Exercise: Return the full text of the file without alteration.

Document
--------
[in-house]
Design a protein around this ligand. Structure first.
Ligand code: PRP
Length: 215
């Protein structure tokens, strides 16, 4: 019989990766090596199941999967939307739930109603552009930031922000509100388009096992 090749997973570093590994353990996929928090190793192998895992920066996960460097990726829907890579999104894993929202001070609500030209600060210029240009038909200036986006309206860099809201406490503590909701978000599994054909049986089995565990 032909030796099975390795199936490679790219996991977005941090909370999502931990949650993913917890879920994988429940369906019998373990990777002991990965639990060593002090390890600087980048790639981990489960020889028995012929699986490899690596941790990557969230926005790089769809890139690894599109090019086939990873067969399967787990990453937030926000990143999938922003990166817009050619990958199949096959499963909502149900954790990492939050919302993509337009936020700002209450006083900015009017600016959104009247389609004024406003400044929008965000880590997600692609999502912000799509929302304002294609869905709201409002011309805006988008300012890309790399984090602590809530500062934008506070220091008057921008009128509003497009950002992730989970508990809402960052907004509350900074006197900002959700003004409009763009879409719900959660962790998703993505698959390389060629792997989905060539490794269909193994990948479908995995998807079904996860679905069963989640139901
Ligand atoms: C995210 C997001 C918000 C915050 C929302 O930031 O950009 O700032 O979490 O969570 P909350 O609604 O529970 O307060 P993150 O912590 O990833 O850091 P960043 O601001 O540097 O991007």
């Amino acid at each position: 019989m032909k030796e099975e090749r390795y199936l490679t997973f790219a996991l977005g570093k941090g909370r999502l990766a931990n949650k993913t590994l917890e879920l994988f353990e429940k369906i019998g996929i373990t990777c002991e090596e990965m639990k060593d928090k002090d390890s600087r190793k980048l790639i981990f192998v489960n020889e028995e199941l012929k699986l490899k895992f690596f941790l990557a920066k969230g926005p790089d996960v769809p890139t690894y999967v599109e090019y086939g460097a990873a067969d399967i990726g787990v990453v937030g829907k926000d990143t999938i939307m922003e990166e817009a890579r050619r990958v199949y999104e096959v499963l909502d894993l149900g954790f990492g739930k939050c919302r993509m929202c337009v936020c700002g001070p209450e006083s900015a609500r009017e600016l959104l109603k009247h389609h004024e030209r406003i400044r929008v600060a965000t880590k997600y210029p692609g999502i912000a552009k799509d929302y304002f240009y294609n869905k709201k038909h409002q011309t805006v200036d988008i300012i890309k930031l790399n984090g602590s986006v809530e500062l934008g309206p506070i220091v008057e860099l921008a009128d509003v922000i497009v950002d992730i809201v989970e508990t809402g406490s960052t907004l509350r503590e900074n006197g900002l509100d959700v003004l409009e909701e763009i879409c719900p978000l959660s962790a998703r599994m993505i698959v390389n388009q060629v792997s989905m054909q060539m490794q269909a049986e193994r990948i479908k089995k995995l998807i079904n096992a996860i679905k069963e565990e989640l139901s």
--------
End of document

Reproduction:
[in-house]
Design a protein around this ligand. Structure first.
Ligand code: PRP
Length: 215
């Protein structure tokens, strides 16, 4: 019989990766090596199941999967939307739930109603552009930031922000509100388009096992 090749997973570093590994353990996929928090190793192998895992920066996960460097990726829907890579999104894993929202001070609500030209600060210029240009038909200036986006309206860099809201406490503590909701978000599994054909049986089995565990 032909030796099975390795199936490679790219996991977005941090909370999502931990949650993913917890879920994988429940369906019998373990990777002991990965639990060593002090390890600087980048790639981990489960020889028995012929699986490899690596941790990557969230926005790089769809890139690894599109090019086939990873067969399967787990990453937030926000990143999938922003990166817009050619990958199949096959499963909502149900954790990492939050919302993509337009936020700002209450006083900015009017600016959104009247389609004024406003400044929008965000880590997600692609999502912000799509929302304002294609869905709201409002011309805006988008300012890309790399984090602590809530500062934008506070220091008057921008009128509003497009950002992730989970508990809402960052907004509350900074006197900002959700003004409009763009879409719900959660962790998703993505698959390389060629792997989905060539490794269909193994990948479908995995998807079904996860679905069963989640139901
Ligand atoms: C995210 C997001 C918000 C915050 C929302 O930031 O950009 O700032 O979490 O969570 P909350 O609604 O529970 O307060 P993150 O912590 O990833 O850091 P960043 O601001 O540097 O991007």
């Amino acid at each position: 019989m032909k030796e099975e090749r390795y199936l490679t997973f790219a996991l977005g570093k941090g909370r999502l990766a931990n949650k993913t590994l917890e879920l994988f353990e429940k369906i019998g996929i373990t990777c002991e090596e990965m639990k060593d928090k002090d390890s600087r190793k980048l790639i981990f192998v489960n020889e028995e199941l012929k699986l490899k895992f690596f941790l990557a920066k969230g926005p790089d996960v769809p890139t690894y999967v599109e090019y086939g460097a990873a067969d399967i990726g787990v990453v937030g829907k926000d990143t999938i939307m922003e990166e817009a890579r050619r990958v199949y999104e096959v499963l909502d894993l149900g954790f990492g739930k939050c919302r993509m929202c337009v936020c700002g001070p209450e006083s900015a609500r009017e600016l959104l109603k009247h389609h004024e030209r406003i400044r929008v600060a965000t880590k997600y210029p692609g999502i912000a552009k799509d929302y304002f240009y294609n869905k709201k038909h409002q011309t805006v200036d988008i300012i890309k930031l790399n984090g602590s986006v809530e500062l934008g309206p506070i220091v008057e860099l921008a009128d509003v922000i497009v950002d992730i809201v989970e508990t809402g406490s960052t907004l509350r503590e900074n006197g900002l509100d959700v003004l409009e909701e763009i879409c719900p978000l959660s962790a998703r599994m993505i698959v390389n388009q060629v792997s989905m054909q060539m490794q269909a049986e193994r990948i479908k089995k995995l998807i079904n096992a996860i679905k069963e565990e989640l139901s």